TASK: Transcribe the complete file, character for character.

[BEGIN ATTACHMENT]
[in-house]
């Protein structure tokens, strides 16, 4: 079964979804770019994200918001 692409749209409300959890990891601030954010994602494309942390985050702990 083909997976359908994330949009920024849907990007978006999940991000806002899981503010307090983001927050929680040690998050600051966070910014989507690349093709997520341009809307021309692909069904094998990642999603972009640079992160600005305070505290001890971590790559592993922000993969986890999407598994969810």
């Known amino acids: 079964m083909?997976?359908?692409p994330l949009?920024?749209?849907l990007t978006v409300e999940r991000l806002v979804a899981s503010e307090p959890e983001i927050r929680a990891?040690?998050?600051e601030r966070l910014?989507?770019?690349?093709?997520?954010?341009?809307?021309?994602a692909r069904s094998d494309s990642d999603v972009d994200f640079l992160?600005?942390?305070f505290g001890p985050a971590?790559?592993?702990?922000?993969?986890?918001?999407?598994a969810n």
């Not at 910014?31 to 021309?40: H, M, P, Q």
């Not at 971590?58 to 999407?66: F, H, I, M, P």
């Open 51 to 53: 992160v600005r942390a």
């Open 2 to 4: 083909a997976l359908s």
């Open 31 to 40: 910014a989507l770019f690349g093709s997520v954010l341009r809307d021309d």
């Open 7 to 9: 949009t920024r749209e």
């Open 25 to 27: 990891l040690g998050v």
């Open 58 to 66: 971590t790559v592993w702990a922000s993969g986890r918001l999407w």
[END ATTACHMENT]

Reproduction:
[in-house]
């Protein structure tokens, strides 16, 4: 079964979804770019994200918001 692409749209409300959890990891601030954010994602494309942390985050702990 083909997976359908994330949009920024849907990007978006999940991000806002899981503010307090983001927050929680040690998050600051966070910014989507690349093709997520341009809307021309692909069904094998990642999603972009640079992160600005305070505290001890971590790559592993922000993969986890999407598994969810």
């Known amino acids: 079964m083909?997976?359908?692409p994330l949009?920024?749209?849907l990007t978006v409300e999940r991000l806002v979804a899981s503010e307090p959890e983001i927050r929680a990891?040690?998050?600051e601030r966070l910014?989507?770019?690349?093709?997520?954010?341009?809307?021309?994602a692909r069904s094998d494309s990642d999603v972009d994200f640079l992160?600005?942390?305070f505290g001890p985050a971590?790559?592993?702990?922000?993969?986890?918001?999407?598994a969810n």
């Not at 910014?31 to 021309?40: H, M, P, Q």
């Not at 971590?58 to 999407?66: F, H, I, M, P």
């Open 51 to 53: 992160v600005r942390a």
């Open 2 to 4: 083909a997976l359908s």
């Open 31 to 40: 910014a989507l770019f690349g093709s997520v954010l341009r809307d021309d």
């Open 7 to 9: 949009t920024r749209e």
């Open 25 to 27: 990891l040690g998050v």
């Open 58 to 66: 971590t790559v592993w702990a922000s993969g986890r918001l999407w």